Epidemiology, risk factors and outcome of Candida parapsilosis bloodstream infection in children.
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<p><strong>BACKGROUND: </strong>Candida parapsilosis constitutes a common Candida spp. isolated in children with candidemia. Few data exist on risk factors and outcome of candidemia caused by C. parapsilosis in pediatric patients.</p>
<p><strong>METHODS: </strong>We conducted a retrospective analysis of demographic data, clinical features, therapeutic procedures and outcomes associated with Candida bloodstream infections (BSIs) that occurred at the Children's Hospital of Philadelphia between 1997 and 2009.</p>
<p><strong>RESULTS: </strong>Among 406 Candida BSIs, Candida albicans accounted for 198 (49%), C. parapsilosis for 99 (24%) and all other species for 109 (27%) episodes. There was no consistent change in the proportion of C. parapsilosis BSIs during the study. C. parapsilosis BSI was more frequent than non-parapsilosis Candida spp. at age ≤2 years as compared with older patients (62% versus 50%, odds ratio = 1.24, 95% confidence interval: 1.03-1.51, P = 0.038). Patients with C. parapsilosis were more likely to be mechanically ventilated within 48 hours of BSI (odds ratio = 1.38, 95% confidence interval: 1.01-1.85, P = 0.047). Presence of a urinary catheter a week before infection was a protective factor for developing candidemia due to C. parapsilosis spp. (P = 0.003). No significant differences were found between the 2 groups in the presence of central intravascular catheters, comorbidities and clinical or surgical procedures, previous administration of immunosuppressive or antifungal agents and mortality.</p>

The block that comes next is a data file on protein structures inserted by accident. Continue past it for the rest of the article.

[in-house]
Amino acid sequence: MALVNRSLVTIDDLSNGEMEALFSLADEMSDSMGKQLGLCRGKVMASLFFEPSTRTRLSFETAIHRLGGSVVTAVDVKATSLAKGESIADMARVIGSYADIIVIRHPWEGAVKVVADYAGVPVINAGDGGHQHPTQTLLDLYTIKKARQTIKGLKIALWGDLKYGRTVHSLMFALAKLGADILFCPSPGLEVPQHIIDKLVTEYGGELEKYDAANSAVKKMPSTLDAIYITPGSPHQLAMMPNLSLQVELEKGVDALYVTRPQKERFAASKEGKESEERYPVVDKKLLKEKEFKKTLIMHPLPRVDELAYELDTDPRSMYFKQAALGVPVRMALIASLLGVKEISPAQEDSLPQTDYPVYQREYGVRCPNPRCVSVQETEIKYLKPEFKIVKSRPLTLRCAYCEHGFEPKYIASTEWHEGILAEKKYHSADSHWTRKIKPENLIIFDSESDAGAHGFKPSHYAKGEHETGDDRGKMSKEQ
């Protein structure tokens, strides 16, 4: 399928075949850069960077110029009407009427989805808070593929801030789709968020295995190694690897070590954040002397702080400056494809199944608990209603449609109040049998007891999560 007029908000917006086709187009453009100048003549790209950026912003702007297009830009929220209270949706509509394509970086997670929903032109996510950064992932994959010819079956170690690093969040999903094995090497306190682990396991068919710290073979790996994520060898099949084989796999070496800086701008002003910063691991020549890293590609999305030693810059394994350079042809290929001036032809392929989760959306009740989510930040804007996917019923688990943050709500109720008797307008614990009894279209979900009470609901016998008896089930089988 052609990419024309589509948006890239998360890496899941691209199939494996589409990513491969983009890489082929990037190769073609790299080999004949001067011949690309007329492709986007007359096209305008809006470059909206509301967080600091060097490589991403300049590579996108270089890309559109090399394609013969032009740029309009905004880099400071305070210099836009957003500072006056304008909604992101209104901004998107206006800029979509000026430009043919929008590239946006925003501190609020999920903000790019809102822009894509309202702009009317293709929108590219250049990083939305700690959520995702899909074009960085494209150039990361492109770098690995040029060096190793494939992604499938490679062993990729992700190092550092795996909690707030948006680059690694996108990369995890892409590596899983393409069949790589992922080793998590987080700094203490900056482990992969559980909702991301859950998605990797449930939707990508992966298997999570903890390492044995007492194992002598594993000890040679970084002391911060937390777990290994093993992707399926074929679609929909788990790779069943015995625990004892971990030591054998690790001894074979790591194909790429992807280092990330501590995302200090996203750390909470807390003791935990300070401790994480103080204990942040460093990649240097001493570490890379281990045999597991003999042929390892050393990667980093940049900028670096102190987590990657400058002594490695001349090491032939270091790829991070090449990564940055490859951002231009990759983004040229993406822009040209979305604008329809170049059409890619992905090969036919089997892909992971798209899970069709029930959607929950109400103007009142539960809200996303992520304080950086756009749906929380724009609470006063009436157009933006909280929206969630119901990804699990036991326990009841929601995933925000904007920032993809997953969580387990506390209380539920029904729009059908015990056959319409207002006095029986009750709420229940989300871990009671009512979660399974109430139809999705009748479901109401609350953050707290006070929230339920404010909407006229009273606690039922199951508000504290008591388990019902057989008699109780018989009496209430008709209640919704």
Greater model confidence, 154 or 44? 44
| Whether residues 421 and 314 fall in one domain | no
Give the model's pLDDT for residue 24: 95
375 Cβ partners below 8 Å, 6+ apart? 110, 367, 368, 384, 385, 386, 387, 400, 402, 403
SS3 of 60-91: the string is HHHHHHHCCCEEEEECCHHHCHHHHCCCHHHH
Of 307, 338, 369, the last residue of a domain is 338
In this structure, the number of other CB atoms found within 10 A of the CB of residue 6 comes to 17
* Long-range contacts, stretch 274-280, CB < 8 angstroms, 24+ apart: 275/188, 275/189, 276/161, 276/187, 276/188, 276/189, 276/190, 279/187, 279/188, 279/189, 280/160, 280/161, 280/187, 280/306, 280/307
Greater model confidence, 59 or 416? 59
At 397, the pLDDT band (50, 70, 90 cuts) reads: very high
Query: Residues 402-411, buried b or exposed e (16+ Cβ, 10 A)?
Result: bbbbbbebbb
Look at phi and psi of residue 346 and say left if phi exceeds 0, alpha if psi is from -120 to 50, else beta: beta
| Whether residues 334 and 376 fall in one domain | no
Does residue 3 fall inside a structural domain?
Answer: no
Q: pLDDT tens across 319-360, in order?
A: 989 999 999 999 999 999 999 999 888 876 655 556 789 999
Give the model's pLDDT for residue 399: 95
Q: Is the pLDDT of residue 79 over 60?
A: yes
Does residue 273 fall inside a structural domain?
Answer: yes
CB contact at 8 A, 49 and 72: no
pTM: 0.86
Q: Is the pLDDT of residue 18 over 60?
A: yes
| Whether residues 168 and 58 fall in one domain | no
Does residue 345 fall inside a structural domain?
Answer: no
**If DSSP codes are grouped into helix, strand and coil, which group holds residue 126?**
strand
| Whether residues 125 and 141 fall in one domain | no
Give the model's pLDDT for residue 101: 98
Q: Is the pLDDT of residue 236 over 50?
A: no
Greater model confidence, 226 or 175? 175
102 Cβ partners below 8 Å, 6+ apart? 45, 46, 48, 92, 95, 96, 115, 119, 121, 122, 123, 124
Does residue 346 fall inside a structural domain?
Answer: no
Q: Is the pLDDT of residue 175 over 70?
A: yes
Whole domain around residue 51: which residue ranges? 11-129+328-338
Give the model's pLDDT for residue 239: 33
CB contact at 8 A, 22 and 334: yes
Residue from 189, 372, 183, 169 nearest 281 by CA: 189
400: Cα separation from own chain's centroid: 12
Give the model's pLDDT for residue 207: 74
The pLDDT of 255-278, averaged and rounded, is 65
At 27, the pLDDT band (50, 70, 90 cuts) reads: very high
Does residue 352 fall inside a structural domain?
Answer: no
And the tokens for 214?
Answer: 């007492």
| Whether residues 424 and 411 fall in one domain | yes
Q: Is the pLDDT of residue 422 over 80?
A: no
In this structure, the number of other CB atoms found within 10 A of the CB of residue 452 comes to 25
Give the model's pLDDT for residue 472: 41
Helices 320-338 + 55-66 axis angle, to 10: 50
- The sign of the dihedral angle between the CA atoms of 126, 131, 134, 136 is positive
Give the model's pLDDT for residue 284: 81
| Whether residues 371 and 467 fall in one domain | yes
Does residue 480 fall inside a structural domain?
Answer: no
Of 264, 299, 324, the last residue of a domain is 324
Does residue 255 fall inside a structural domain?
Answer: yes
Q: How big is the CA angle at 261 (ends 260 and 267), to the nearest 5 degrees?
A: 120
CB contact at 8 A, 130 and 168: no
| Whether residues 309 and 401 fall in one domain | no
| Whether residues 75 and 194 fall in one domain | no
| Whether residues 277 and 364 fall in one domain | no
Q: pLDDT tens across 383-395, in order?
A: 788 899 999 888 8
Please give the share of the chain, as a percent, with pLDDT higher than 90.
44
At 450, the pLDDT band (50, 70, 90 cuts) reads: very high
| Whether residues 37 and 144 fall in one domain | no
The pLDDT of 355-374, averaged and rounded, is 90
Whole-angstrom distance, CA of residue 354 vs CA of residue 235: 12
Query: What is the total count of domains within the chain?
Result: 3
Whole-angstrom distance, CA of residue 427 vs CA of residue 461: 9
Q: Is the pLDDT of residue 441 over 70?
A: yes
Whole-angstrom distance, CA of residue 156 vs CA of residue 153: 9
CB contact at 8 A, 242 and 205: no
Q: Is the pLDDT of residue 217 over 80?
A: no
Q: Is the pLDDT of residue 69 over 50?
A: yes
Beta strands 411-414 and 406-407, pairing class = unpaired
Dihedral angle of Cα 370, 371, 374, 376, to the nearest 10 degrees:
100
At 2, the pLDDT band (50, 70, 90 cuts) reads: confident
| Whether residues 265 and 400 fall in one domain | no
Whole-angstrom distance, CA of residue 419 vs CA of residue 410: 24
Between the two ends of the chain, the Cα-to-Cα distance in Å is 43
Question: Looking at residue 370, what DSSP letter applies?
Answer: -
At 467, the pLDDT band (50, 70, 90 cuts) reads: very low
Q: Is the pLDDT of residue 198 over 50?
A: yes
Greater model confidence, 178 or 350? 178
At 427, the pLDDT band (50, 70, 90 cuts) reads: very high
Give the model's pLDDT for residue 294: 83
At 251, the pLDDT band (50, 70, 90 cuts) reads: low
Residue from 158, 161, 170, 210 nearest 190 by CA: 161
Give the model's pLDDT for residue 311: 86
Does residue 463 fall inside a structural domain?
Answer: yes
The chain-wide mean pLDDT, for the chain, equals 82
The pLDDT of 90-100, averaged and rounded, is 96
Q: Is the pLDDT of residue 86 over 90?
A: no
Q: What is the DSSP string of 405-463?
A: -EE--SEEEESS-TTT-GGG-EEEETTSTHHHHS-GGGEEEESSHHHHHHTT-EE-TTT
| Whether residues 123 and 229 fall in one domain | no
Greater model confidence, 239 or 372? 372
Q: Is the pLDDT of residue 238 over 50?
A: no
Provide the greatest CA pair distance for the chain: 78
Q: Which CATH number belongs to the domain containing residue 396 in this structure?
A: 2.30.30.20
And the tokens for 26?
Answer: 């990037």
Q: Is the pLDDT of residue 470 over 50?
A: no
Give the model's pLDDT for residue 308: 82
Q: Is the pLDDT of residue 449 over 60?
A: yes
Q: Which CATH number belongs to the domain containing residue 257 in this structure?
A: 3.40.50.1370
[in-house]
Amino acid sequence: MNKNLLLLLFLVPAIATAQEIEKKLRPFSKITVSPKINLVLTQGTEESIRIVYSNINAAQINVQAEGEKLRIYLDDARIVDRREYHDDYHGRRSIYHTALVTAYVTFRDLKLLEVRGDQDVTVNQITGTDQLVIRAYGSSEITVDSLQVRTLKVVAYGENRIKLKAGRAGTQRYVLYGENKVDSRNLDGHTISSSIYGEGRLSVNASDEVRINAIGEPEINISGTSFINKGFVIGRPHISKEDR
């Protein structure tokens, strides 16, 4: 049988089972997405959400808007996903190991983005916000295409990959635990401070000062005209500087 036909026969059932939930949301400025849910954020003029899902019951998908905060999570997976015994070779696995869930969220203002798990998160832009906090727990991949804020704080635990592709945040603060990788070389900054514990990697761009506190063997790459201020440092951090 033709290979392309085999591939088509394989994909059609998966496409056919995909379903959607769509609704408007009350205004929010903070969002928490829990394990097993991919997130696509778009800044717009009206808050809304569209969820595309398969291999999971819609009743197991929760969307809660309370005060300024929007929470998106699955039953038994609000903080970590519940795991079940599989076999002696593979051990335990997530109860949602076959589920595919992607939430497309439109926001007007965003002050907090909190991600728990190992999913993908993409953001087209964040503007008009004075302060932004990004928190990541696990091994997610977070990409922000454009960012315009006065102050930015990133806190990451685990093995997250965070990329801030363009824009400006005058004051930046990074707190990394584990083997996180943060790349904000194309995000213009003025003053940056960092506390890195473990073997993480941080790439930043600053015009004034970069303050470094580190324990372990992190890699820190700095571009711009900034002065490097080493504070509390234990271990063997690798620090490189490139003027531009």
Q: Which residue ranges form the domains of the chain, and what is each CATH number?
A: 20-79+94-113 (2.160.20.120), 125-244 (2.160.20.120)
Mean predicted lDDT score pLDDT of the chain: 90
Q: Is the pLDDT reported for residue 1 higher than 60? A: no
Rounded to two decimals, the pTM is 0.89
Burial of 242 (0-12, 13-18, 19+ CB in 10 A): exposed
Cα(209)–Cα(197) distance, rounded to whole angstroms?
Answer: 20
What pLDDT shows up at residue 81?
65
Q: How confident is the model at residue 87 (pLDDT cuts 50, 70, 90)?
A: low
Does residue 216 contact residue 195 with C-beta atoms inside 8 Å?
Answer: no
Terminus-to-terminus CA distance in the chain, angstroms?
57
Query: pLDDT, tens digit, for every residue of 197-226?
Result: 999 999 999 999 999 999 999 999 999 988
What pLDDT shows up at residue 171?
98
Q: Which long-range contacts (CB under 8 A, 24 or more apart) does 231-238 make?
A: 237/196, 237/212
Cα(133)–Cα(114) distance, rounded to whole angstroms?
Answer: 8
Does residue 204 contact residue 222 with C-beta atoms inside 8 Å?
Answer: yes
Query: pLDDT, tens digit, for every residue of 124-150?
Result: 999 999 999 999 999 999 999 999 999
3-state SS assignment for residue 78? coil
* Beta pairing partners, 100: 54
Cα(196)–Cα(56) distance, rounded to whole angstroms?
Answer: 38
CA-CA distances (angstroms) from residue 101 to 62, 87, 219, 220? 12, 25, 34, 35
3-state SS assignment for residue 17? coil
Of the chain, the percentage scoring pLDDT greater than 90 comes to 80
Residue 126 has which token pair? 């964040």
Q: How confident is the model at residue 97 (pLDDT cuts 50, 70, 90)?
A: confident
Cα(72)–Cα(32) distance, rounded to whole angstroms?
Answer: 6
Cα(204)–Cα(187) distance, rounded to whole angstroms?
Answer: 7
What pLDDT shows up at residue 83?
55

<p><strong>CONCLUSIONS: </strong>C. parapsilosis is the second most frequent cause of candidemia after C. albicans. Although it is more frequent at the age of ≤2 years and is more likely associated with mechanical ventilation than other Candida spp., mortality does not significantly differ between those with and without C. parapsilosis candidemia.</p>
Pediatr. Infect. Dis. J.